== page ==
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Discussion Starter · #1 ·
Two days ago, I was having a little skirmish with some friends of mine in a sort of training scenario: cat and mouse. I was sent into the woods by myself with about a one minute lead, and my two friends had to find and 'kill' me before I could do the same to either of them. We added a twist in that however dies first has to team up with whoever killed them, and whoever did not make that kill was suddenly on their own.

Anyway, as you might have noticed, this game was centered around stealth, which is good practice for me. For the first half my opponents were fairly noticeable, but I had to question my movement and technique. Generally, I tried to stay as low as possible, which involved a lot of keeping my knees bent, but I couldn't mess with my aim, so I had to keep my head upright and my rifle forward just in case. It felt a little awkward when I started, but then I thought I caught onto something.

Just to cover all the bases, I thought I'd poll you guys. How do you move, generally? In meters, in inches? How often do you move? Do you have any particular way that you sneak or walk or crawl that makes it more difficult to be detected? Any advice for stealthy movement?
 

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Depending on how far the objective is, I half crawl half low run. If the objective is somewhat far away and there is no chance of bumping into an enemy, I might just jog. If there is an enemy near, I try to move as little as possible.

As for the weather, If it is fall and there are dead leaves and twigs everywhere, I pretty much give up trying to not step on them and just try to not get near enough to the enemy that they can hear me. If it is summer and the ground is clean, I will do what I said to do in the first paragraph. If it is snowy, It is even noisier than twigs and I Have to walk as slowly as possible. If it is spring, do the same thing as summer.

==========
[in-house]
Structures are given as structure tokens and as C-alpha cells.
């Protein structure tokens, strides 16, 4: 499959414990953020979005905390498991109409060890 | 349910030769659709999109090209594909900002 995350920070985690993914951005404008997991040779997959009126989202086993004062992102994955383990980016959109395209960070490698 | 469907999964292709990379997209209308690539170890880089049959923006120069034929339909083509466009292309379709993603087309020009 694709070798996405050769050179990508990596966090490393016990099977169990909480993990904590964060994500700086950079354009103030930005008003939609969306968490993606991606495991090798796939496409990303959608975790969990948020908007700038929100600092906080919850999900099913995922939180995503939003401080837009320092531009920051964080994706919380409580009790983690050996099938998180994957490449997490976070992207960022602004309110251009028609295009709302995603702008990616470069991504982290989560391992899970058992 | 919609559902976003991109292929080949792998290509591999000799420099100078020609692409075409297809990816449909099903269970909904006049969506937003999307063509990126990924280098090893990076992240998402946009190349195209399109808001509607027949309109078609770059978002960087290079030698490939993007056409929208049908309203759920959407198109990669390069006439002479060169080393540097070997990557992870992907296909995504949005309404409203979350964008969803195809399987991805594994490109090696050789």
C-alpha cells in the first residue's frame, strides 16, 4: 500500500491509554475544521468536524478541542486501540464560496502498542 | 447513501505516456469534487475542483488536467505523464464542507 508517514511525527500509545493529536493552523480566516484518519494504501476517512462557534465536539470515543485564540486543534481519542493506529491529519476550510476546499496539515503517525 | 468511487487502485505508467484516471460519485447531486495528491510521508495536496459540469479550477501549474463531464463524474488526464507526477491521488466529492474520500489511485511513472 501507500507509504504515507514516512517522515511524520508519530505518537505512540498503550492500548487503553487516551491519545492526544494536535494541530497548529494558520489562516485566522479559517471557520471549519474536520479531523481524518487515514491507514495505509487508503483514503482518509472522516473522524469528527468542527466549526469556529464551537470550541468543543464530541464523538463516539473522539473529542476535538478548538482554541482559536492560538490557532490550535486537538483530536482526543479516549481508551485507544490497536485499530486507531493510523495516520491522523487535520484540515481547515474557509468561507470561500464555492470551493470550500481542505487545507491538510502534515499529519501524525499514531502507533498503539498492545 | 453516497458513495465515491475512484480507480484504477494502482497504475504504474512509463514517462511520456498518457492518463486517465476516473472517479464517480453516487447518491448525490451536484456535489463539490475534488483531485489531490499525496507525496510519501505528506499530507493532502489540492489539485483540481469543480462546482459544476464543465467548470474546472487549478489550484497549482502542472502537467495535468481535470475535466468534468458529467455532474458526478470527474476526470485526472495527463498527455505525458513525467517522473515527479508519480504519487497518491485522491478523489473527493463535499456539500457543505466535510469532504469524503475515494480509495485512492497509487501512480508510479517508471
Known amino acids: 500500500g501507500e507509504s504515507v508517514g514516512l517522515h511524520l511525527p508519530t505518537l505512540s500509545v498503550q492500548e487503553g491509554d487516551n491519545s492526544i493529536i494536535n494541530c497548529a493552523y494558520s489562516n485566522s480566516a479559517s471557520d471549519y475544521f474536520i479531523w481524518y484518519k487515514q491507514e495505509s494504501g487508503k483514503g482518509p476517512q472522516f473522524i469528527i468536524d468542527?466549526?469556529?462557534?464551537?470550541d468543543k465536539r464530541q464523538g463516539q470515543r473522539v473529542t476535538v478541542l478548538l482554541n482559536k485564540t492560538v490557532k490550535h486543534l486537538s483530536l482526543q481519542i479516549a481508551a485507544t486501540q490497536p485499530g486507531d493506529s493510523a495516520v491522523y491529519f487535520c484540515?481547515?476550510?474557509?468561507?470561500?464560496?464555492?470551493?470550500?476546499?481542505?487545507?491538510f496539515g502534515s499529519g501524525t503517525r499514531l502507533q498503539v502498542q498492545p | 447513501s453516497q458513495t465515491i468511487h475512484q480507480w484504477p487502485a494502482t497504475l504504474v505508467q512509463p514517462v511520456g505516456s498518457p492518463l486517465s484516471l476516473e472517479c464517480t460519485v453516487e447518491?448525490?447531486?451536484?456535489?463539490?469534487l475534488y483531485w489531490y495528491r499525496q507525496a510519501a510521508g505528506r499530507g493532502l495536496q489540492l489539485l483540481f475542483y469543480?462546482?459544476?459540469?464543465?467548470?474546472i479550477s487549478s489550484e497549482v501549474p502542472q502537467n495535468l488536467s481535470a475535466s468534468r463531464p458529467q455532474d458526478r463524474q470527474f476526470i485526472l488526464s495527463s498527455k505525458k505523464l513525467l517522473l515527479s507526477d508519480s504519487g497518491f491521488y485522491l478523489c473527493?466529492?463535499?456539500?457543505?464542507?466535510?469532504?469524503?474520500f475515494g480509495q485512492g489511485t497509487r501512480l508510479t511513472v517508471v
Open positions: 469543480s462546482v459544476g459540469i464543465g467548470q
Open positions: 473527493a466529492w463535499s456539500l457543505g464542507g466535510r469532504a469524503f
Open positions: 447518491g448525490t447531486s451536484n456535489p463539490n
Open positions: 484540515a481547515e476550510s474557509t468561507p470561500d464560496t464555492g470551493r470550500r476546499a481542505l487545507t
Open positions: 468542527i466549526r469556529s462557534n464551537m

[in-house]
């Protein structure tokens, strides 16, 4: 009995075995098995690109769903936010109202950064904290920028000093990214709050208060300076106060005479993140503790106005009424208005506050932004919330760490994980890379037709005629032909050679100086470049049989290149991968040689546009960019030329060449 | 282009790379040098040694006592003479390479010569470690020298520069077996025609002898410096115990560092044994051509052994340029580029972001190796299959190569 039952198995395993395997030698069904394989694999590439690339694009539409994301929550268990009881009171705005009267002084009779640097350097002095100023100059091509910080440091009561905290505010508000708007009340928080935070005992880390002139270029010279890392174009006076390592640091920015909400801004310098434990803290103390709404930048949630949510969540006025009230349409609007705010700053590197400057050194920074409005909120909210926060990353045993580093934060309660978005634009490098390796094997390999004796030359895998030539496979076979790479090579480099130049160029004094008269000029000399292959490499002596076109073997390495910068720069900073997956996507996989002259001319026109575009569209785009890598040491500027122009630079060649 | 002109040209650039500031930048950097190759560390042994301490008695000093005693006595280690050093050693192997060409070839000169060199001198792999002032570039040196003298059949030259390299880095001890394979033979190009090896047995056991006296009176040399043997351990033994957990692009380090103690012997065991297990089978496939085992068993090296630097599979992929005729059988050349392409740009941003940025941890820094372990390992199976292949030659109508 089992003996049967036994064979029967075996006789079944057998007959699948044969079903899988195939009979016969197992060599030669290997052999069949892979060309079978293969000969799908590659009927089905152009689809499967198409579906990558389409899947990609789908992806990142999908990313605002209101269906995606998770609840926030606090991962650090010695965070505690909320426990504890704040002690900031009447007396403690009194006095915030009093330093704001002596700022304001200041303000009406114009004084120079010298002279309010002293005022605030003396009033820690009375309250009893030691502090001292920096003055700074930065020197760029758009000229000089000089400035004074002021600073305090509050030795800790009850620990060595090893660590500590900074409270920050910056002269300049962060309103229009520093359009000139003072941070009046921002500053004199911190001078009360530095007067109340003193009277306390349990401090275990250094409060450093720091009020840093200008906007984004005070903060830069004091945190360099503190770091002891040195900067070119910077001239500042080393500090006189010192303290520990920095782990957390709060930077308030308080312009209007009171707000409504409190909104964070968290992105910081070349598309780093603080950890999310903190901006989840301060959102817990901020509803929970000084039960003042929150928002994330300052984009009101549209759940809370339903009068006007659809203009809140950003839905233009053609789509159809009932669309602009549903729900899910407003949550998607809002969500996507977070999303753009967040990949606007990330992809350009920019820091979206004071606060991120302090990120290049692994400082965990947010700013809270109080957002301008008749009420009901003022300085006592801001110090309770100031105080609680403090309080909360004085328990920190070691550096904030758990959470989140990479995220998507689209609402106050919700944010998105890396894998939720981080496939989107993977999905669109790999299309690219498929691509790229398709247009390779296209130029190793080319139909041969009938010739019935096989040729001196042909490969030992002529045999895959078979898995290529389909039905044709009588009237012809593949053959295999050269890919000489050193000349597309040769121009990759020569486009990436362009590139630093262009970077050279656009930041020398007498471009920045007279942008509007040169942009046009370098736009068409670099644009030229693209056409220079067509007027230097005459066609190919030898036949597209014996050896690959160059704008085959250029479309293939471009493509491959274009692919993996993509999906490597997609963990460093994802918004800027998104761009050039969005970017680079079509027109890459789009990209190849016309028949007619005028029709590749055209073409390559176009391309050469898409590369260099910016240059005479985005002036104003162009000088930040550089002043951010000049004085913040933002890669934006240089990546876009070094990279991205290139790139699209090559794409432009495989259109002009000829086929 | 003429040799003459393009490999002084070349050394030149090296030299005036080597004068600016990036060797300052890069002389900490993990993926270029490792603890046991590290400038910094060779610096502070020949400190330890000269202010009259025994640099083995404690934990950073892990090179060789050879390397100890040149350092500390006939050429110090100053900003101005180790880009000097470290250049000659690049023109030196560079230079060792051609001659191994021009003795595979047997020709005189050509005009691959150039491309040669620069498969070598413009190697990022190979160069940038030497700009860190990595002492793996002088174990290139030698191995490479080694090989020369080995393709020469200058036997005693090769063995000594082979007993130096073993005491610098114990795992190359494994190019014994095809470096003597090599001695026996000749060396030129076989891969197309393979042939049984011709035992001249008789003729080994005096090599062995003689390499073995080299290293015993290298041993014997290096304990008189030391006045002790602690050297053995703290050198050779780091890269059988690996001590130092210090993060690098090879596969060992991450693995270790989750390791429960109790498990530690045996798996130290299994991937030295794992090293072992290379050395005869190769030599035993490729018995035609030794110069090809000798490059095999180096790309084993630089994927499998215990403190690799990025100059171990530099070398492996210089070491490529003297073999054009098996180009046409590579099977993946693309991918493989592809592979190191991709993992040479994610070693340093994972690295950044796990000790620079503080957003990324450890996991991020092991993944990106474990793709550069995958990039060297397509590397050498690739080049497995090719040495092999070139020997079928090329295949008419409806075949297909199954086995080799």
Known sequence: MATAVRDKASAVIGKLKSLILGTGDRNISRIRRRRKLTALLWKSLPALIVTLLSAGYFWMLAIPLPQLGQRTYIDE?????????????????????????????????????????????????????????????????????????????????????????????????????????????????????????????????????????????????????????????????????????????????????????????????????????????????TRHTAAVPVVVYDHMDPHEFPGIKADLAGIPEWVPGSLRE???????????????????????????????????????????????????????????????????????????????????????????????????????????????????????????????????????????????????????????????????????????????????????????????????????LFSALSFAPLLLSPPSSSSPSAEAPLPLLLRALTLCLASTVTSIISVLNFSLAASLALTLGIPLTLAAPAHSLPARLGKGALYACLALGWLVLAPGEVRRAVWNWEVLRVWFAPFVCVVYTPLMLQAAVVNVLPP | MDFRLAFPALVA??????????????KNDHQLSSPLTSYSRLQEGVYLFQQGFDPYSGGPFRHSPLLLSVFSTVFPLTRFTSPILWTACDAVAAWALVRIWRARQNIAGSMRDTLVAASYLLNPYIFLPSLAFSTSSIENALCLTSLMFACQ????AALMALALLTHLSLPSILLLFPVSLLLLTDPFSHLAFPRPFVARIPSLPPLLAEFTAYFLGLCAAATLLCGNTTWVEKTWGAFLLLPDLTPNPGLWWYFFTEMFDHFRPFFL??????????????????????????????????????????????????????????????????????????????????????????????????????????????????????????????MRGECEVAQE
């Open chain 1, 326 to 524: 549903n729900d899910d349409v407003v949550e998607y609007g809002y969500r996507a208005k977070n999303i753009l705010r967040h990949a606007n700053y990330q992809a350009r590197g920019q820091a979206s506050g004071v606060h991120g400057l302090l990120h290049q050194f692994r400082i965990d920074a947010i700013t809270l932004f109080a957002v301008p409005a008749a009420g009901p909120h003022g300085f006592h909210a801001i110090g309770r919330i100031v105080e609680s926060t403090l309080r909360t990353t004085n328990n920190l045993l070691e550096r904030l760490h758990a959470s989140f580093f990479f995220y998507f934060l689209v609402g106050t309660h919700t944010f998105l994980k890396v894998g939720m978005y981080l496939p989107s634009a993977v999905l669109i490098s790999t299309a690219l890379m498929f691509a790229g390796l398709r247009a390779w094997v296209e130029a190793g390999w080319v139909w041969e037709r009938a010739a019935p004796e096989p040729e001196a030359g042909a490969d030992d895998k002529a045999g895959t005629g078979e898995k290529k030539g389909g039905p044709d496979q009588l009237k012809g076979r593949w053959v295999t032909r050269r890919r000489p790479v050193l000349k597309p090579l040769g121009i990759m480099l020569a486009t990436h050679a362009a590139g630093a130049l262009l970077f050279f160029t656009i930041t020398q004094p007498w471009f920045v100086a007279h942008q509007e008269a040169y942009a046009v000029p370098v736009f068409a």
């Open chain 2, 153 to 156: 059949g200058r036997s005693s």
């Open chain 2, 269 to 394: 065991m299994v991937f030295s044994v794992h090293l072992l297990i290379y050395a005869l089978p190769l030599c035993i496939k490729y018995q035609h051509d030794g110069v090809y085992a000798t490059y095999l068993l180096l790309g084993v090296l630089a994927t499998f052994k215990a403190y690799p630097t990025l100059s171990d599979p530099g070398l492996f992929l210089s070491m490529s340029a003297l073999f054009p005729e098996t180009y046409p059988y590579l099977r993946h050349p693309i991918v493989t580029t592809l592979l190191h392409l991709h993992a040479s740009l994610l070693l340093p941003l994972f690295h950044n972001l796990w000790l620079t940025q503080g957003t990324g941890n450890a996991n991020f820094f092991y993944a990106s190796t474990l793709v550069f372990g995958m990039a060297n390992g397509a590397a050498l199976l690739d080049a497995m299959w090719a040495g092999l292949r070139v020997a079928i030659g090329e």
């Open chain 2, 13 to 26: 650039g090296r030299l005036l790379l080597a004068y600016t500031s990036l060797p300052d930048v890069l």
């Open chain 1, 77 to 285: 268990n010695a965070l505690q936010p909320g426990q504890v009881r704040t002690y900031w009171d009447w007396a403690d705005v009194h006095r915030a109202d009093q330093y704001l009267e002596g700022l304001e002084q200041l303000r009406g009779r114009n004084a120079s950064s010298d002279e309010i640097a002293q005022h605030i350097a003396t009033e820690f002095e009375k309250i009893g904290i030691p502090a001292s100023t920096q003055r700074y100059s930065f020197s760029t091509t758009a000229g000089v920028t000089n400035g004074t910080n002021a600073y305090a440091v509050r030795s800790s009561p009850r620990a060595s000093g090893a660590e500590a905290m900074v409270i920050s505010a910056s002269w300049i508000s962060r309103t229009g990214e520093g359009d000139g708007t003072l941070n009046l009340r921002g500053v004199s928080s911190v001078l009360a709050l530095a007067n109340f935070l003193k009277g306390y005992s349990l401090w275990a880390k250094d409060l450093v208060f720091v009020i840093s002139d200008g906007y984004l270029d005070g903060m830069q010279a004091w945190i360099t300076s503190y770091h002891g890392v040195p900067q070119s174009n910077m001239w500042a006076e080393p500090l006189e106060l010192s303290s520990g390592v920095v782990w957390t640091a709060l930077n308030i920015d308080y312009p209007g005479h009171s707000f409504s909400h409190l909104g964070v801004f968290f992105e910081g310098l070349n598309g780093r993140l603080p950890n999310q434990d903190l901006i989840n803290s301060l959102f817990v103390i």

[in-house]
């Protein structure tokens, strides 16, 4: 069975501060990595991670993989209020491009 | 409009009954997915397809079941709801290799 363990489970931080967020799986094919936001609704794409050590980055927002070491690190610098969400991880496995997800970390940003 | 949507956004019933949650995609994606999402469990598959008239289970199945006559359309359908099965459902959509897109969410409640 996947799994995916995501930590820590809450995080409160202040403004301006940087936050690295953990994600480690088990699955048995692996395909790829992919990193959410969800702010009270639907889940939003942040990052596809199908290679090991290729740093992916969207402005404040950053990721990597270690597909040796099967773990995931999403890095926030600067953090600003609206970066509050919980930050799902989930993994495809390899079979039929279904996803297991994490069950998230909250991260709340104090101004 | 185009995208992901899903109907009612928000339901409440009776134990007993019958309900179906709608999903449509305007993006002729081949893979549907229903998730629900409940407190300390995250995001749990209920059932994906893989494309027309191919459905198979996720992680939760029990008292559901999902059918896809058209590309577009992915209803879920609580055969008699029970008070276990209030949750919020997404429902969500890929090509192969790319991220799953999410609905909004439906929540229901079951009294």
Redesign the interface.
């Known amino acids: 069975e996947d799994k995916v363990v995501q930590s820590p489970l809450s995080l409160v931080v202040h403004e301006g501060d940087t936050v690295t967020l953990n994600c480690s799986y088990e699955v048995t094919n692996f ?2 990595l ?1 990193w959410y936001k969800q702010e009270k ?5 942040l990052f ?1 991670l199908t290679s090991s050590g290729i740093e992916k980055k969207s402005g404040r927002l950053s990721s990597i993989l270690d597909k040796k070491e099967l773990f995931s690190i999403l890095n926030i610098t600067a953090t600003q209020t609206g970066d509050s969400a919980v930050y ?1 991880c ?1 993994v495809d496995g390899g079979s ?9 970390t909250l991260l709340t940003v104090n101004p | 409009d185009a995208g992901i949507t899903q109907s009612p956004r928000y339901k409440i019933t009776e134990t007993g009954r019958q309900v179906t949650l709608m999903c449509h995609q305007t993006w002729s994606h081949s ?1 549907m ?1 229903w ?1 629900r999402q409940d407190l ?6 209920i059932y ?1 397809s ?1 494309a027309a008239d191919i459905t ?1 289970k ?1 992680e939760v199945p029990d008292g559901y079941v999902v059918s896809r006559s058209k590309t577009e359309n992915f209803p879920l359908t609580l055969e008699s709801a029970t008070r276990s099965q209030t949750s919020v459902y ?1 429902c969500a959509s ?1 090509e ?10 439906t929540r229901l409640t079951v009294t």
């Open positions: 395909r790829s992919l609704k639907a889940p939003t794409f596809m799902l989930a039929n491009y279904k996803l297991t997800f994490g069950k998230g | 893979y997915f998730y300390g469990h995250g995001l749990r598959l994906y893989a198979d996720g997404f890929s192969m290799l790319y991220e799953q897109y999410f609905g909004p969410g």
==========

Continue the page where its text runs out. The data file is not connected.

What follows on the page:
There is no one size fits all. Do whatever works for you.
 

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If you can see the enemy don't stand up. Also its easier to be seen when you go straight forward or backwards, so move sideways if prone until you break line of sight. I like to hide in brush, and preferably shadow too. I run similar skirmishes with my friends. Wanna know what messed em up? They're expecting me to be all hidden. I crept around their start point with the pistol and took them both out from behind. But they are getting smarter ....

Sent from my MB870 using Xparent Cyan Tapatalk 2
 

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U.S. Army trains IMT (Individual Movement Tactics), buddy movement and even team/squad level movement to move perpindicular to a target. Meaning that you move into position using terrain as cover, but once you are within sight, sound or range of a target or objective you move straight in toward the objective and straight back out, usually at a low crawl. Reason being that it is much harder for the human eye to train on an object moving straight at it vs. moving across your field of vision. (think about when someone is shooting straight at your face vs. shooting left to right in front of you; or watching a baseball game as the catcher vs. the first base man).
 

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I prefer to move in slow deliberate movements (recommended by military snipers) it works great!! When I'm moving from and to cover I keep my self in a low crouch and only move when my enemy isn't looking directly at me
 

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This is a nice read, hopefully I gave you some night bed time read ;)

http://home.swipnet.se/sniper/sniper/sniper.htm#movement

On a side note, I quote what's referenced above and just to make sure there is no misunderstanding: when you are facing an enemy at a distance and he has you in his line of sight BUT he has not realized you are there (let's say because concealment worked in your favor)..you should approach and break contact along the line connecting you and the enemy, never breaking that line. If you move left/right instead of "closer/further" to the enemy, it will be easier for him to spot you.